They also had to do it quickly — a concert venue and nightclub can’t let a dark night happen if it can be avoided. So Long Island, NY-based AV systems integrator See Factor went into Webster Hall in the early morning hours of a Sunday, with the last wisps of Saturday night’s shows still in the air, and worked 24 hours a day, straight through until the next show was ready to roll the following Thursday, September 4, when Bleachers and opening act Misterwives hit the stage. “It was pretty crazy,” Wyker recalls. “It all had to be brought in, installed and tuned before show time on Thursday, and See Factor pulled it off.”
Today, the P.A. consists of 24 L-Acoustics KARA enclosures, eight flown SB18 subs, 10 ground-stacked SB28 subs, 18 coaxial 115XT HiQ (14 stage wedges as monitors and four under-balcony fills), four 8XT stage lip fills, six more KARA plus four more SB18 for side-fill, an additional SB18 as a drum sub, and 17 LA8 and four LA4X amplified controllers for power and processing (see sidebar for complete inventory). In fact, Webster Hall is a nearly all L-Acoustics facility, including ARCS elements and SB28 subs in its downstairs event space called “The Studio.”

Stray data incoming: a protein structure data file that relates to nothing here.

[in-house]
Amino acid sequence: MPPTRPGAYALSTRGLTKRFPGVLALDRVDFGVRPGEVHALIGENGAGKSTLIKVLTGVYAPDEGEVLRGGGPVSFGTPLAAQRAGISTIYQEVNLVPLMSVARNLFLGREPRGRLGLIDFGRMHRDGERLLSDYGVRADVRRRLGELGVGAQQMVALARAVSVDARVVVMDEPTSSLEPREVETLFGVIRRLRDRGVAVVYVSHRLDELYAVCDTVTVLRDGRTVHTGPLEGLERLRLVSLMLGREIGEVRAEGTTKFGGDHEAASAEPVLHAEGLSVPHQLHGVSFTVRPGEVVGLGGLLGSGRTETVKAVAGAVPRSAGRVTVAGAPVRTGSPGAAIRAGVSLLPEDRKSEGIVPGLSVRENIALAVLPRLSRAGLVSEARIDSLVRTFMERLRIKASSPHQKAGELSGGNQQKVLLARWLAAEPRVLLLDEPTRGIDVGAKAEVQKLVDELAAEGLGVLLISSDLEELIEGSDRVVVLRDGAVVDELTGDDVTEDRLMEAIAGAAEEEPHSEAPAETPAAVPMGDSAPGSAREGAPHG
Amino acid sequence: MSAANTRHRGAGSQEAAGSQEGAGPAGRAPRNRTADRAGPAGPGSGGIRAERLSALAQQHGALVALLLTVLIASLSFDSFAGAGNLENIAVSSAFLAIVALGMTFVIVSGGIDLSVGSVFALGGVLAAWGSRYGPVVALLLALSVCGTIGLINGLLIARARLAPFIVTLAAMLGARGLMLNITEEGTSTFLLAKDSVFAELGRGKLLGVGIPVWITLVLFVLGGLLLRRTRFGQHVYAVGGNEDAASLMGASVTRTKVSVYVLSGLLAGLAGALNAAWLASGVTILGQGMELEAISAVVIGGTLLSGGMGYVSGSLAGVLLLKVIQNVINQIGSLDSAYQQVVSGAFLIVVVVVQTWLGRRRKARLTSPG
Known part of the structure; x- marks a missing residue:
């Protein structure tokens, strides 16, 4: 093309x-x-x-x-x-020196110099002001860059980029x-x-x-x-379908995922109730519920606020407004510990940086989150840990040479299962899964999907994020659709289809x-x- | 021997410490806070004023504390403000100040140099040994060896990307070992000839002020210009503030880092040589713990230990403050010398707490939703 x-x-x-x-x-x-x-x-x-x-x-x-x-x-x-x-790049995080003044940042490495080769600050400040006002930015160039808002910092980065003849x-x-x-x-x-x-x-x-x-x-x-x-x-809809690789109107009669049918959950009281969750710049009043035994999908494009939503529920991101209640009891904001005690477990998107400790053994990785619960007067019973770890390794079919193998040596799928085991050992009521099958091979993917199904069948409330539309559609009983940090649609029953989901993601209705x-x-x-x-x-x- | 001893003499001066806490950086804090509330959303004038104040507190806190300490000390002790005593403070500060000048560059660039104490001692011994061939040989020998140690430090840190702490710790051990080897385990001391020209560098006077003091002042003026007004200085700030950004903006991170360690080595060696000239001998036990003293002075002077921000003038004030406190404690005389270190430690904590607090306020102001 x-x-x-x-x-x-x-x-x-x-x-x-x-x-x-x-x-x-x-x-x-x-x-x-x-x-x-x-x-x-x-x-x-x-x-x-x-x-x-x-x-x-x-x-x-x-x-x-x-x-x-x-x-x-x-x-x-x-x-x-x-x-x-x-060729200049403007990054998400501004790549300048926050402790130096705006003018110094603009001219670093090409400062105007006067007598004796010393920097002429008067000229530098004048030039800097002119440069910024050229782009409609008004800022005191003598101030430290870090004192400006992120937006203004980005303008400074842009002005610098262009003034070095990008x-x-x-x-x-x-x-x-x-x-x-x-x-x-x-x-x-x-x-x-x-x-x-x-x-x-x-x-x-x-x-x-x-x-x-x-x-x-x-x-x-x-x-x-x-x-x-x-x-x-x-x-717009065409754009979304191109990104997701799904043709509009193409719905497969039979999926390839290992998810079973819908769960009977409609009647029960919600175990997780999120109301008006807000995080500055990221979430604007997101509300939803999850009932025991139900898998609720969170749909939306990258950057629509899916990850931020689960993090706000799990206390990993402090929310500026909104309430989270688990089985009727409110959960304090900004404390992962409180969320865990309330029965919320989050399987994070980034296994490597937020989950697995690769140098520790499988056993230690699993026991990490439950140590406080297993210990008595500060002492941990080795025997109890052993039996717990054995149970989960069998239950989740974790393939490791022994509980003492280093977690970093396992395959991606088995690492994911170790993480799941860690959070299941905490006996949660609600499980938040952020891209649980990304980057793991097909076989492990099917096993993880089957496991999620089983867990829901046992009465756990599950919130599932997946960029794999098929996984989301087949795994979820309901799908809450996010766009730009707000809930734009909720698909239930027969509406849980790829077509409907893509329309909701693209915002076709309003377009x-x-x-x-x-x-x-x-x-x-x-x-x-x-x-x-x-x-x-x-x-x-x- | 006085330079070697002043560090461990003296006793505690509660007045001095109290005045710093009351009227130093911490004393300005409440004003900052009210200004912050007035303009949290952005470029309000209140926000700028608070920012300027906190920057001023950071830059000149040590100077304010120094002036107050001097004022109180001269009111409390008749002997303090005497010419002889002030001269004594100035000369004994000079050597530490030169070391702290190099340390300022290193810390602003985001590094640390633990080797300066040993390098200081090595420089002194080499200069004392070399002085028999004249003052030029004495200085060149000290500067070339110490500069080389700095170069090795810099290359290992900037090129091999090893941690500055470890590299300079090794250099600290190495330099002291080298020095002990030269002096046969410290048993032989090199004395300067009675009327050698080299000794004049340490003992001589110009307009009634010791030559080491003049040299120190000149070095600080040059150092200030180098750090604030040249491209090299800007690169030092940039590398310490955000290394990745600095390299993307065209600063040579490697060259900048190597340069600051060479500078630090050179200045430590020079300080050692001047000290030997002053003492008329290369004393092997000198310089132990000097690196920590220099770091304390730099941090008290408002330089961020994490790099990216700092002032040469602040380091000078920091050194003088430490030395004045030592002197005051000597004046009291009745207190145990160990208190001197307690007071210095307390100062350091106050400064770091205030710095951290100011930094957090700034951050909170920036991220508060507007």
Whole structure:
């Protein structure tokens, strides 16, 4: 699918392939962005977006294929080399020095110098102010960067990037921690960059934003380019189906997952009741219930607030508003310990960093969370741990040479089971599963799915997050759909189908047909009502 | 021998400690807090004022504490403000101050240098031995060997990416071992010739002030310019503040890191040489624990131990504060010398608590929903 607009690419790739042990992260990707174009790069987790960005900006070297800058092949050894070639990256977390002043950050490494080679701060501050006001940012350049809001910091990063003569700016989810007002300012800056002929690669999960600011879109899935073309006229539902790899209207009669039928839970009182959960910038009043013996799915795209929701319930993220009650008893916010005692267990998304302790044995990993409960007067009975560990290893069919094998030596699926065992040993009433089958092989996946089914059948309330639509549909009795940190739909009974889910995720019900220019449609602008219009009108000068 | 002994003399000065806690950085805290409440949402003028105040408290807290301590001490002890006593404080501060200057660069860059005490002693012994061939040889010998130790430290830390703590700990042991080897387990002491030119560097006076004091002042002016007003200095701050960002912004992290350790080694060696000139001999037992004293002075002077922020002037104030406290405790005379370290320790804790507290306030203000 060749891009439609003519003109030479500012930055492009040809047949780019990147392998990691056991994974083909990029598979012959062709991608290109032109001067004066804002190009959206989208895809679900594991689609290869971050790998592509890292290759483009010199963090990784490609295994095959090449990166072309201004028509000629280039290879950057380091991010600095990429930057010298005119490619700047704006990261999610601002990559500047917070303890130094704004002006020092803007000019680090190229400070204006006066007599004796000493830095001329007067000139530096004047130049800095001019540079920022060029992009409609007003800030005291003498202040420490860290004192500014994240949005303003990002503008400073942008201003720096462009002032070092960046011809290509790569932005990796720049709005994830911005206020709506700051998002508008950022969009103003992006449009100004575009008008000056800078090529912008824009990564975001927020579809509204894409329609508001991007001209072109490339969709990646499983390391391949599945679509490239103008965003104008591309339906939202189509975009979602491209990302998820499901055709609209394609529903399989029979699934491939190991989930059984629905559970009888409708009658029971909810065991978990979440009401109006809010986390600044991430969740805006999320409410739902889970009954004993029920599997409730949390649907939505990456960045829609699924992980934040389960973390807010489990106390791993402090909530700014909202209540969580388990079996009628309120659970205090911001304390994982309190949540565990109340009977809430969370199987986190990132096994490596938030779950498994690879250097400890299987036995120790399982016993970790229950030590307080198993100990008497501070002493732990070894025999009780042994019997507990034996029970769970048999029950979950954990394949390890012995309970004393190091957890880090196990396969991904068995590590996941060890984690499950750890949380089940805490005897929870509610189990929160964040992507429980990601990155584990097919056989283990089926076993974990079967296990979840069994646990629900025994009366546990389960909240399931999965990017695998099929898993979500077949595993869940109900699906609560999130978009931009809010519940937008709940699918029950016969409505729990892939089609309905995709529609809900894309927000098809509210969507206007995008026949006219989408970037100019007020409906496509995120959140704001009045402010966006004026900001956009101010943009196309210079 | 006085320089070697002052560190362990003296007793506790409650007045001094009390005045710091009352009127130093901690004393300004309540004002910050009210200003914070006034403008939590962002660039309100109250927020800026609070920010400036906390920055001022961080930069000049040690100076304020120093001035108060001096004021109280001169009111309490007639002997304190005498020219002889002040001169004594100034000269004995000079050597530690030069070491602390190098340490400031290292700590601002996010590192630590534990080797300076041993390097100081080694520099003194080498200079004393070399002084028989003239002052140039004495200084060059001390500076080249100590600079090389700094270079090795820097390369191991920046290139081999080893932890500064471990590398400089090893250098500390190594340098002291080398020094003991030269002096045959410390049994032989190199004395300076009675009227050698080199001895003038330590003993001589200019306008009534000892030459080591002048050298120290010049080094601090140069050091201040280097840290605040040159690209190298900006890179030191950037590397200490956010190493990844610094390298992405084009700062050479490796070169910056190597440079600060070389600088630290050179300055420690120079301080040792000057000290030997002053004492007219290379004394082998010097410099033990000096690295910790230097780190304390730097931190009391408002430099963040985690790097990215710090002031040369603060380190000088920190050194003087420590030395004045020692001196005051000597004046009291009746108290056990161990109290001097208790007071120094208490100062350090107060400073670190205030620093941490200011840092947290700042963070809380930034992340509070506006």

The manic installation capped a six-month search process for the new system’s components. Wyker says the P.A. system candidates were a very short list. “Full-sized cabinets were not an option in the space, and there are just a handful of very, very good mid-sized cabinets available, so that was where we started from,” he says. But the KARA system quickly became the choice of everyone who heard it. “For its size, it has tremendous power, but it never stops being musical,” he says. “We needed a P.A. that would work for any type of music, and that can go from a delicate acoustic show one night to being a beefy EDM system in a nightclub the next. That’s what the KARA does for us.”
According to Mark Friedman, one of the principals at See Factor, which supplied all of the new audio gear right down to mics and custom patch panels, “KARA’s wide 110-degree horizontal coverage and sharp directivity really sealed the deal on it being the right choice for the room,” he says. “Webster Hall required a system that could deliver high-SPL, high-fidelity sound in a space full of challenging reflective surfaces. Aside from the presence of four ancillary speakers under the balcony, the KARA arrays very efficiently blanket the entire floor with superb sound.”